"There is no position on which people are so immovable as their religious beliefs. There is no more powerful ally one can claim in a debate than Jesus Christ, or God, or Allah, or whatever one calls this supreme being. The religious factions that are growing throughout our land are not using their religious clout with wisdom. They are trying to force government leaders into following their position 100 percent. If you disagree with these religious groups on a particular moral issue, they complain, they threaten you with a loss of money or votes or both. I'm frankly sick and tired of the political preachers across this country telling me...that if I want to be a moral person, I must believe in A, B, C, and D. Just who do they think they are?"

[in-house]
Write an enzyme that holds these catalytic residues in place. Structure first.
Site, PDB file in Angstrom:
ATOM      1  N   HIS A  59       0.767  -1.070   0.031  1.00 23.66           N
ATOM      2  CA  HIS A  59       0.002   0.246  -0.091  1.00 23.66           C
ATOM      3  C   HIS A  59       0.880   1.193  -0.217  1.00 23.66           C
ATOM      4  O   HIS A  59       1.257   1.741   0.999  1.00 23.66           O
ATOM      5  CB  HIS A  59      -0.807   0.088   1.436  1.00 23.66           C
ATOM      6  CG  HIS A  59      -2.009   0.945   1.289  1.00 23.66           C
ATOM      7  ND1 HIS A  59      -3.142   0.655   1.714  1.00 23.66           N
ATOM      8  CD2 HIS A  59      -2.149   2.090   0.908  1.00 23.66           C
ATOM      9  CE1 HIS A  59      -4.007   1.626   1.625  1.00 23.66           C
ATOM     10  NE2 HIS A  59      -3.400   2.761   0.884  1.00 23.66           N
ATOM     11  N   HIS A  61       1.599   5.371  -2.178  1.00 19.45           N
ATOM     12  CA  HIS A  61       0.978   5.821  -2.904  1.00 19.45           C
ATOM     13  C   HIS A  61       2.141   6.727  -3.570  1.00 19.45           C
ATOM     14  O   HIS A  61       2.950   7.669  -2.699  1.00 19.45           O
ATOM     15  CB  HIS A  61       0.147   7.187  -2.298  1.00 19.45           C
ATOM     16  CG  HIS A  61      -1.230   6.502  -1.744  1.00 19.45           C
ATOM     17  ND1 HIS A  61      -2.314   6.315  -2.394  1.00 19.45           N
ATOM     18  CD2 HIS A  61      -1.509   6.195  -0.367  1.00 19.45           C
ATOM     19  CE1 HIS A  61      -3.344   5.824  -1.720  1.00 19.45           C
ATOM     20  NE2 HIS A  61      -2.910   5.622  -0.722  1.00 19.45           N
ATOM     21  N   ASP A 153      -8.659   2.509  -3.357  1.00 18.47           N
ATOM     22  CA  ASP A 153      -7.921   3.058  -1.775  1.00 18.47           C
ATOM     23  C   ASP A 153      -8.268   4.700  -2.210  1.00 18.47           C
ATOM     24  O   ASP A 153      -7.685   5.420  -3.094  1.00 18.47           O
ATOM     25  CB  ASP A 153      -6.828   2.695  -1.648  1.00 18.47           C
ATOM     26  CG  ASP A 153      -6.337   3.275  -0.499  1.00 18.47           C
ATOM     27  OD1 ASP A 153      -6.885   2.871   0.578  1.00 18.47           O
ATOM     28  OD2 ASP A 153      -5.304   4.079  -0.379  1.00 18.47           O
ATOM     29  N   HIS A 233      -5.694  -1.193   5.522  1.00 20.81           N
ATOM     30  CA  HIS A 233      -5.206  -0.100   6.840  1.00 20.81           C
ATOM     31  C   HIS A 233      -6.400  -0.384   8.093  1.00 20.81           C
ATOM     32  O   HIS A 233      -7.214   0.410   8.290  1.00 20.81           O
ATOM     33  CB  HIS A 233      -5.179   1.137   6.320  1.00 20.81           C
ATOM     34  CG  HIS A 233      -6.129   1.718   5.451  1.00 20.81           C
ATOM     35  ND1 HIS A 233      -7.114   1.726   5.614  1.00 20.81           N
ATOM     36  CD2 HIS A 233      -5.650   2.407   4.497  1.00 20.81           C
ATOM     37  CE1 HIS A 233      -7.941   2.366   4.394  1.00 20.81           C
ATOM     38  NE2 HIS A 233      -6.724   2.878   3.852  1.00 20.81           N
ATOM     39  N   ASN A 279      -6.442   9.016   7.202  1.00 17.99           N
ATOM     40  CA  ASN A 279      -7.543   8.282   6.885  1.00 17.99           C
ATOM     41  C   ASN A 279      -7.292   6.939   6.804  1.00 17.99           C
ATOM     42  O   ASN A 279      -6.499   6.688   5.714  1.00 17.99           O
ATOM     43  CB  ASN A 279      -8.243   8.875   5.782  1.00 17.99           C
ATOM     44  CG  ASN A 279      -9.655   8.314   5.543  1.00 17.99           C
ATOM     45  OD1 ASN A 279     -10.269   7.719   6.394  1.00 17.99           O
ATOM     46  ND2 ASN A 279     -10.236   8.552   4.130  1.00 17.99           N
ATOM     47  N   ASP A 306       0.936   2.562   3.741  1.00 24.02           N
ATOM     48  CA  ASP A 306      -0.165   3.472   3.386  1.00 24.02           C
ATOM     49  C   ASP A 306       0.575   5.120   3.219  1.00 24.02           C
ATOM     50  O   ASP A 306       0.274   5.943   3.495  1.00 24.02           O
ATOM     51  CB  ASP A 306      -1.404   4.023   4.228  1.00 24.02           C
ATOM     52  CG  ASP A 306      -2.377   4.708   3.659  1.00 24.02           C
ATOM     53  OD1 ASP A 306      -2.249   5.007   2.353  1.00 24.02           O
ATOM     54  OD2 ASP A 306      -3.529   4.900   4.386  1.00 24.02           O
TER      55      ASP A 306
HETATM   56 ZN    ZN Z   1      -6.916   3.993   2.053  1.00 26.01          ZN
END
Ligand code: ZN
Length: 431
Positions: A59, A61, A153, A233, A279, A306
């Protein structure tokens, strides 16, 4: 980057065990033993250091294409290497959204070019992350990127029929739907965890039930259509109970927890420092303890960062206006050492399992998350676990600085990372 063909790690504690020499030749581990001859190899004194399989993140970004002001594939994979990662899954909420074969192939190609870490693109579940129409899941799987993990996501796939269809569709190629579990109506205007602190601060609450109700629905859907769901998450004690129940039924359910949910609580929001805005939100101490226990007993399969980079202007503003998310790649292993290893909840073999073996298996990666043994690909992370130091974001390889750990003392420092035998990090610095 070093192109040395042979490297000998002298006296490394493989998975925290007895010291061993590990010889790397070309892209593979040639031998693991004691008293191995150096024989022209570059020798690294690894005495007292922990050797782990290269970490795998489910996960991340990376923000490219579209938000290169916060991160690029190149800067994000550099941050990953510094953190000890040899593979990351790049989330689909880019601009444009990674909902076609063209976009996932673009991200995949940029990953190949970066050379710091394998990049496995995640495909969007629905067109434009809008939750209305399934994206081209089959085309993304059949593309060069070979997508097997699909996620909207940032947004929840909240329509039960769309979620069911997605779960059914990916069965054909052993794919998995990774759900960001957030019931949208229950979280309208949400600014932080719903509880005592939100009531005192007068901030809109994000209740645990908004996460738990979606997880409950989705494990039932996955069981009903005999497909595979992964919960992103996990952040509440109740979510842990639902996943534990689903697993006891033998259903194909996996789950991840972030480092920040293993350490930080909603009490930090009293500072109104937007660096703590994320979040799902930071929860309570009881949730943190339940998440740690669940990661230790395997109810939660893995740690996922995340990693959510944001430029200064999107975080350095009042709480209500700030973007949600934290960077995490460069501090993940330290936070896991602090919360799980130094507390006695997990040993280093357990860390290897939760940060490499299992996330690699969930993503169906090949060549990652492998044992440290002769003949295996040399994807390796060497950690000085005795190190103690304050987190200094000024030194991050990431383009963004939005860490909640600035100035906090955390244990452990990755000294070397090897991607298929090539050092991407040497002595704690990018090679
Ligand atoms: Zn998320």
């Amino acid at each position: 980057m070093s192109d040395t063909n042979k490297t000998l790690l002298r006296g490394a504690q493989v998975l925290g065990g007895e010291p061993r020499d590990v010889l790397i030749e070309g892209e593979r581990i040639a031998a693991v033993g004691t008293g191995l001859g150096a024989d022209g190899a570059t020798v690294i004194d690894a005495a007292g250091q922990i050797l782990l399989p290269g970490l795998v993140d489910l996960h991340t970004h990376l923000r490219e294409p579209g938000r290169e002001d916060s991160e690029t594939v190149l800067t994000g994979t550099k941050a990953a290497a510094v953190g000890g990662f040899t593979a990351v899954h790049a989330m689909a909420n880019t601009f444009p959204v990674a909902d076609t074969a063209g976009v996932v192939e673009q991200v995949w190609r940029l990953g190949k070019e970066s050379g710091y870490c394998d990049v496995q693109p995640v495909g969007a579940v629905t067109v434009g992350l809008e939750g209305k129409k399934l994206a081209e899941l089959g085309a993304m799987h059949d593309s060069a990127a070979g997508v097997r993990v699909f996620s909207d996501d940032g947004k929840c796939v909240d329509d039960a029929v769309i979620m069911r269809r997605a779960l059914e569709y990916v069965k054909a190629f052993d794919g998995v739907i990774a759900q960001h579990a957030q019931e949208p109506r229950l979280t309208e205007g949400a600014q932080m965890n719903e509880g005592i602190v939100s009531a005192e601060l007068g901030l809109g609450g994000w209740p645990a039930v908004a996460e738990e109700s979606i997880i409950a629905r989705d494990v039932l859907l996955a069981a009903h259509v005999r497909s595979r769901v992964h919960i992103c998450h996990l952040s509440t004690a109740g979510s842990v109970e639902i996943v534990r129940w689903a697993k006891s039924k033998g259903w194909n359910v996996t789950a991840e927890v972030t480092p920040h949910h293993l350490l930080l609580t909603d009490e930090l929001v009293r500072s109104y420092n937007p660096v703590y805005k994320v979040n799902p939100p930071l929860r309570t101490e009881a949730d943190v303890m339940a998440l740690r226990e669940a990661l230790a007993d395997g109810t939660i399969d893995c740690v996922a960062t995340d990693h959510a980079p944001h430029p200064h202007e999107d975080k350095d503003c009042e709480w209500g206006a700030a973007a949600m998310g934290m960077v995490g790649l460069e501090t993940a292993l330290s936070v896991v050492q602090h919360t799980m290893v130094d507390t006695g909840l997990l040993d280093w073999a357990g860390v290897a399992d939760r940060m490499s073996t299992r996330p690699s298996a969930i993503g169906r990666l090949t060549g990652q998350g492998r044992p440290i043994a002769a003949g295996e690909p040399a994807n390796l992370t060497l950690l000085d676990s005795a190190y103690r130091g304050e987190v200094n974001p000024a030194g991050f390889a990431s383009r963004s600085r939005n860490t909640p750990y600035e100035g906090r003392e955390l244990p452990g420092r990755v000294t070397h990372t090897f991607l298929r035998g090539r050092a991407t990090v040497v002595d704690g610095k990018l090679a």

Who is this speaking? Richard Dawkins? Sam Harris? In fact, the words were entered into the Congressional Record on 16 September 1981 by the arch-conservative Barry Goldwater, and quoted by Michael Shermer in a review of Dawkins' The God Delusion in the January 26 issue of Science. Can you imagine any American politician, liberal or conservative, giving voice to such sentiments today?
Like many of us, Shermer is made uneasy by Dawkins' in-your-face militancy, but he welcomes the scrappy biologist's eloquent take on Goldwater's concern. If our political leaders have been universally cowed into silence by the religious right, then maybe it's time for scientists to speak.